“Healthy Obesity – Is There Such a Thing ?” Metabolically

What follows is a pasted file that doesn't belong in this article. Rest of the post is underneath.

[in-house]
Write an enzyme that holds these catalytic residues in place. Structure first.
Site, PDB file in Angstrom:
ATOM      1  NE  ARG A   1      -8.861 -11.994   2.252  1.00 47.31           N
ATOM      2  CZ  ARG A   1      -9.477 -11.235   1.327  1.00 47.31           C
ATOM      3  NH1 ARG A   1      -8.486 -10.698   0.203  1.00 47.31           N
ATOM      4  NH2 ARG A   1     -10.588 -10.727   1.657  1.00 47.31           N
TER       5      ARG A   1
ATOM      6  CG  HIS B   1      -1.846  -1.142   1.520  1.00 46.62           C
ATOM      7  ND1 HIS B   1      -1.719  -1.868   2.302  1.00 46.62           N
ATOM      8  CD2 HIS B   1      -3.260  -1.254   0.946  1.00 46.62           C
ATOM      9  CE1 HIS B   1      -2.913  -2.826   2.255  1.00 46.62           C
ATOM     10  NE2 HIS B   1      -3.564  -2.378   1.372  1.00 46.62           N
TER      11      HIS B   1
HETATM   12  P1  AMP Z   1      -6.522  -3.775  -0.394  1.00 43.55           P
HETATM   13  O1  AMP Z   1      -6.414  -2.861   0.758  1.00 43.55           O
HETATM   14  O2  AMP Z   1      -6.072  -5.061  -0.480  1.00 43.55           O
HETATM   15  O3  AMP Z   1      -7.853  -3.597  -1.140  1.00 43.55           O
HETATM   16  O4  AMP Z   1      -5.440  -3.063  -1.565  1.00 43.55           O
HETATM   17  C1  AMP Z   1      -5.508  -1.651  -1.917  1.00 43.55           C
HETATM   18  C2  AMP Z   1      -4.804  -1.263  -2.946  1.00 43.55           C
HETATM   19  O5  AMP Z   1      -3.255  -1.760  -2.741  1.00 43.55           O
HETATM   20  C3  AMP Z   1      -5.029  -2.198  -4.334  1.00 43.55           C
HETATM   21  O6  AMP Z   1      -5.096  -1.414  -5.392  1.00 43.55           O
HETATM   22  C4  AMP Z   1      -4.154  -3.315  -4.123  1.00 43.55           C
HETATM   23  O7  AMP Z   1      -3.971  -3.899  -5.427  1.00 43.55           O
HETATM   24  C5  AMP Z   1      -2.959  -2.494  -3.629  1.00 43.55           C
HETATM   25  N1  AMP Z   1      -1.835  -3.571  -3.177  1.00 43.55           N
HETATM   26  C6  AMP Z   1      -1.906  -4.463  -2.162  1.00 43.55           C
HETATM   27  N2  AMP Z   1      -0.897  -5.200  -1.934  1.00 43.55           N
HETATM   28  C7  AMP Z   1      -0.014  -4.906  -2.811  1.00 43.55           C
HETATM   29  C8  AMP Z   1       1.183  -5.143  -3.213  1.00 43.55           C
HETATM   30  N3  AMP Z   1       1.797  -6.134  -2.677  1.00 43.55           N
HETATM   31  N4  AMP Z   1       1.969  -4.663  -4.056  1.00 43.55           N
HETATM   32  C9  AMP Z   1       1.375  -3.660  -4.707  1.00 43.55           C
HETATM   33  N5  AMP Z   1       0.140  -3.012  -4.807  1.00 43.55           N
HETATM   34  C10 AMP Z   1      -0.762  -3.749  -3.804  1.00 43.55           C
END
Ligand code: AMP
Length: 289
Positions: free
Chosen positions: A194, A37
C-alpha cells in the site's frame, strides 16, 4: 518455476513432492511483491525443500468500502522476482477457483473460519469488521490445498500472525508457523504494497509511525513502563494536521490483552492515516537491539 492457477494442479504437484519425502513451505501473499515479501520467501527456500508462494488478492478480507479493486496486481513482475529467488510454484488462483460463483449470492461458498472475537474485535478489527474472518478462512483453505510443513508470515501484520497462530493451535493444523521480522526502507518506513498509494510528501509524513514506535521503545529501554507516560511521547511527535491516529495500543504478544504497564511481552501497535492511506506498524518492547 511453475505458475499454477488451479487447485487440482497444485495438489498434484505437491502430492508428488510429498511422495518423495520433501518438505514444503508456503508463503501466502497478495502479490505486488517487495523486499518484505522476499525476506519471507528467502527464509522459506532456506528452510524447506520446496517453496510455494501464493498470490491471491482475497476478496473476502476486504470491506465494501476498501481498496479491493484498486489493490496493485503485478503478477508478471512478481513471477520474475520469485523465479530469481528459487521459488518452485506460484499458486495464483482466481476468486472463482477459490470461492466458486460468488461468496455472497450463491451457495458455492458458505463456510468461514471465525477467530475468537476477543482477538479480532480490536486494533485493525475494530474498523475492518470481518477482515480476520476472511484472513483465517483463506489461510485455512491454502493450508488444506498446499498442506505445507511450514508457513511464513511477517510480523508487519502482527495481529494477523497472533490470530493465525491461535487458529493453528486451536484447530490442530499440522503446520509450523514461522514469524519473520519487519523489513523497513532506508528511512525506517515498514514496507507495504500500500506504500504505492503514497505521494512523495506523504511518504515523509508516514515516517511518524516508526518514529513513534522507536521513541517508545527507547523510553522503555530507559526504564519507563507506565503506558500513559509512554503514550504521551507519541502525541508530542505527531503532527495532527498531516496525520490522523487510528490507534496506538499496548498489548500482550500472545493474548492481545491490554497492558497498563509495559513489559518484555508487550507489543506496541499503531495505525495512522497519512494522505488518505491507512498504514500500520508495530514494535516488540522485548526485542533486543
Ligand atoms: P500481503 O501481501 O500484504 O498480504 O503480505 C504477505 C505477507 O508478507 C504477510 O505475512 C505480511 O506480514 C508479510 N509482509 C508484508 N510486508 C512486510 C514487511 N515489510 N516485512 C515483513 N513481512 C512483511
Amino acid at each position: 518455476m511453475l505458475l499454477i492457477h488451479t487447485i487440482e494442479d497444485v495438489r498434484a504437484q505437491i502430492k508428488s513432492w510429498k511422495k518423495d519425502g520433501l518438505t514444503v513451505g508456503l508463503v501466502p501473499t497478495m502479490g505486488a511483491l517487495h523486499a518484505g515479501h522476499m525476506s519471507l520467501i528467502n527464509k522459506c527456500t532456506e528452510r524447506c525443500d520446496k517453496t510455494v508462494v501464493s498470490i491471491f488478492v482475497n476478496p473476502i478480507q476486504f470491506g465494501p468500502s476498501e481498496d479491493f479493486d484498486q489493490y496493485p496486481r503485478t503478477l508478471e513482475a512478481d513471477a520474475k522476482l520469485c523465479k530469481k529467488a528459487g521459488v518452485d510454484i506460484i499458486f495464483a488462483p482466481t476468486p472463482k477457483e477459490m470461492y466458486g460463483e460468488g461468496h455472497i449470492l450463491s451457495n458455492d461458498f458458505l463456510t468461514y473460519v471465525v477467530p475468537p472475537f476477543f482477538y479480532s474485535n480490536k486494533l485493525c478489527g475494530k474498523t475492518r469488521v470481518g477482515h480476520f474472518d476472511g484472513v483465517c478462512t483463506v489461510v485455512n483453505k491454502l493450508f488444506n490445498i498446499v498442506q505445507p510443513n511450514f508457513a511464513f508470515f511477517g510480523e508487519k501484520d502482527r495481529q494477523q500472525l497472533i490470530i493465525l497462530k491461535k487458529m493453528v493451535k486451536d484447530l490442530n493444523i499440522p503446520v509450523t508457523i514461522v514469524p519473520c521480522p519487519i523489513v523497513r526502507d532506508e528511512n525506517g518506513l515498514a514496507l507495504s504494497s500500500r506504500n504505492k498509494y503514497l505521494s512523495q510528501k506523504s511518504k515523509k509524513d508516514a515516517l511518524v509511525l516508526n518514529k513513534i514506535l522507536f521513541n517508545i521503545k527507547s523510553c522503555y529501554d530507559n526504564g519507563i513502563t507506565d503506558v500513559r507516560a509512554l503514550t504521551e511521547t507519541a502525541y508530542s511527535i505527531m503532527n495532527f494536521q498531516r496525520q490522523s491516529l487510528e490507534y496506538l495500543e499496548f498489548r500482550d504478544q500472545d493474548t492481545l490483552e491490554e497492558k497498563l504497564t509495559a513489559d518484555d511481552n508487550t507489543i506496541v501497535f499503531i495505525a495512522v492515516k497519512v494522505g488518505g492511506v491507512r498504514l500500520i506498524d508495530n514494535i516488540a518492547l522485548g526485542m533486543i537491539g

Metabolically healthy obesity (also known as “healthy obesity”) describes obesity not accompanied by metabolic health complications, such as diabetes, hypertension, or high cholesterol. There are heated debates about what “healthy” metabolically healthy obesity actually is, and whether it renders people more vulnerable to other health problems. In 2004, the Centers for Disease Control and Prevention scientists published a study suggesting obesity was responsible for 400,000 deaths a year, making it almost as deadly as smoking. But, it turned out to be a false alarm. The authors made methodological errors that skewed their number too high. Being “overweight,” but not obese, was not associated with an increased risk of death at all. Shockingly, in 2013, a meta-analysis study found that even when adjusting for smoking, age, and sex, overweight people—those with a body mass index of between 25 and 30—had a 6 percent lower risk of dying than normal-weight individuals. To the contrary, a 2018 study suggested that healthy obesity does, in fact, put certain people at a higher risk of cardiovascular disease. But, what about the risk of premature death? The researchers found that obesity alone, in the absence of hypertension, dyslipidemia (high cholesterol), and diabetes, is not associated with a heightened mortality risk.